Words and Image by Sharon McKeeman
I have a card from my children’s charter school that says I’m their primary educator. That’s me, a card-carrying Primary Educator. And so are you. If your kids go to a charter school like mine where two days a week state-funded teachers teach them and three days a week you homeschool them, or if you homeschool your kids five days a week, or if your kids go to a private or public school every day and you work a career or stay at home, you are also their primary educator. As parents, we are the teachers and examples that have the most impact on our children’s hearts. Yikes!
So whether you know it or not, you are homeschooling. You’re shepherding. Every moment at home, your children are learning. I don't know about you, but to me that’s a scary thought—a scary reality. Even now as I type this, I feel ashamed, because I know what type of example I’m setting: an imperfect one.
But thank God for that. Because this world is going to tell them they have to perform. It’s going to tell them to get excellent grades, look good, be successful, make a lot of money, and above all, never fail. All of these expectations will take up every minute of your child’s time, keeping them from exploring the simple beauty of the world that is their birthright. And it will keep them chained to shame and striving instead of free in God’s grace.
We are all glorious creations with amazing potential and we are all broken. So let go of feeling ashamed of the imperfect example you set and use it instead. When my patience fails again, for the twentieth time in a day, I get down on my knees and show my child what repentance looks like. I tell them I’m sorry, giving them the opportunity to practice forgiveness. When I get up morning after morning and try again to nurture and teach them, I am showing them that God has given us resilience. His mercies are new every morning and our failures fade in the light of his glory. He calls us to no more or less worthy of a calling than to love each other, moment by moment in all of our mess.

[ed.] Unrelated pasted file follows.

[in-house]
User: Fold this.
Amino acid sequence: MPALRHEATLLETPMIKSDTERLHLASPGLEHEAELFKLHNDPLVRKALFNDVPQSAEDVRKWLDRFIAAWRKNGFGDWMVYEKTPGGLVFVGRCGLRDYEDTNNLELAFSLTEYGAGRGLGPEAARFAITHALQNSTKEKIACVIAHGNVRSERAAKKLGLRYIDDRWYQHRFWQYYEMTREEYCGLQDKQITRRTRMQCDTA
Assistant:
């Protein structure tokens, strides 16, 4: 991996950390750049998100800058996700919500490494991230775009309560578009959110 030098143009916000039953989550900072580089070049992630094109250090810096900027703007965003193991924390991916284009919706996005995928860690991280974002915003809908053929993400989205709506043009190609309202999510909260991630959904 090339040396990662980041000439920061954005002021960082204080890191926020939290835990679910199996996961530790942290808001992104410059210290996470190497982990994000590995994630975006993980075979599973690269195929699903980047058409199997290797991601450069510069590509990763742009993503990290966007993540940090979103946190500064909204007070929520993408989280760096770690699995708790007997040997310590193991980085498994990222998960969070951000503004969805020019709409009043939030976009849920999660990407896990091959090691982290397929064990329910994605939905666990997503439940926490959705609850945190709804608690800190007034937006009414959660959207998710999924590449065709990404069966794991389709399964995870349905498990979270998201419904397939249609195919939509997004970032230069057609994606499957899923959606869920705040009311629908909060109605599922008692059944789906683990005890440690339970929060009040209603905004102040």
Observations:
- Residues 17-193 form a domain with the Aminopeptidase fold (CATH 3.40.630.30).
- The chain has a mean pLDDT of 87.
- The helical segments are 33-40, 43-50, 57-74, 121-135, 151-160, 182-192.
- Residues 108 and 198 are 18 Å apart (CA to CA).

And he calls us to make space to see and experience his good gifts. It may not feel like you’re moving mountains when you sit down to eat a meal around the table together or read a book before bed, but you are literally waging a revolution through these simple acts. A walk to talk and explore nature with your child is as courageous as fighting on the front lines of a battle. And you don’t have to be perfect to do these things. In fact you can only hold relevance and meaning in your child’s life if you let them see that you’re in just as much need of Christ’s saving grace as them or any of us. What more important lesson can we teach them? Spelling and mathematics are important, and along with their teachers we will of course help them master those subjects. But if we don’t share with our kids the pattern on a butterfly’s wing and the rhythm of grace, then who will?
“And how from childhood you have been acquainted with the sacred writings, which are able to make you wise for salvation through faith in Christ Jesus.” (2 Timothy 3:15)
“The heavens declare the glory of God, and the sky above proclaims his handiwork.” (Psalm 19:1)